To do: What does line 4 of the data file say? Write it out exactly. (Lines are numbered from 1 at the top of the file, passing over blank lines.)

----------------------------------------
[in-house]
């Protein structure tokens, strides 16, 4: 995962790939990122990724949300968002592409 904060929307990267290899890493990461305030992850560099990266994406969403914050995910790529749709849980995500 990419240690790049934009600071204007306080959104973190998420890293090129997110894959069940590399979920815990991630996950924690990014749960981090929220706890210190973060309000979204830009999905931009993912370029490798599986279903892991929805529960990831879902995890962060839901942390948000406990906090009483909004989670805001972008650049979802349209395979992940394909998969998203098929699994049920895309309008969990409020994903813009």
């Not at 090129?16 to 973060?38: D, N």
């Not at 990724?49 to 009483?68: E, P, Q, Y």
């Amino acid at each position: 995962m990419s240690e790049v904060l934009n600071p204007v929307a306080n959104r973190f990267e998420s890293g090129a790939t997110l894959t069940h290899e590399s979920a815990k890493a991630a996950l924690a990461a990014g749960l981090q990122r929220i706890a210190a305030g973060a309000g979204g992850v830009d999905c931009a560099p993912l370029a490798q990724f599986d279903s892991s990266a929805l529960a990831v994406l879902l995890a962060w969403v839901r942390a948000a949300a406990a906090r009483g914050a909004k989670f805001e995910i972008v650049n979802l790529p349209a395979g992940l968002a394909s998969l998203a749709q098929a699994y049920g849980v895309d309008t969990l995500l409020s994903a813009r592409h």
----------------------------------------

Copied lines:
């Not at 990724?49 to 009483?68: E, P, Q, Y």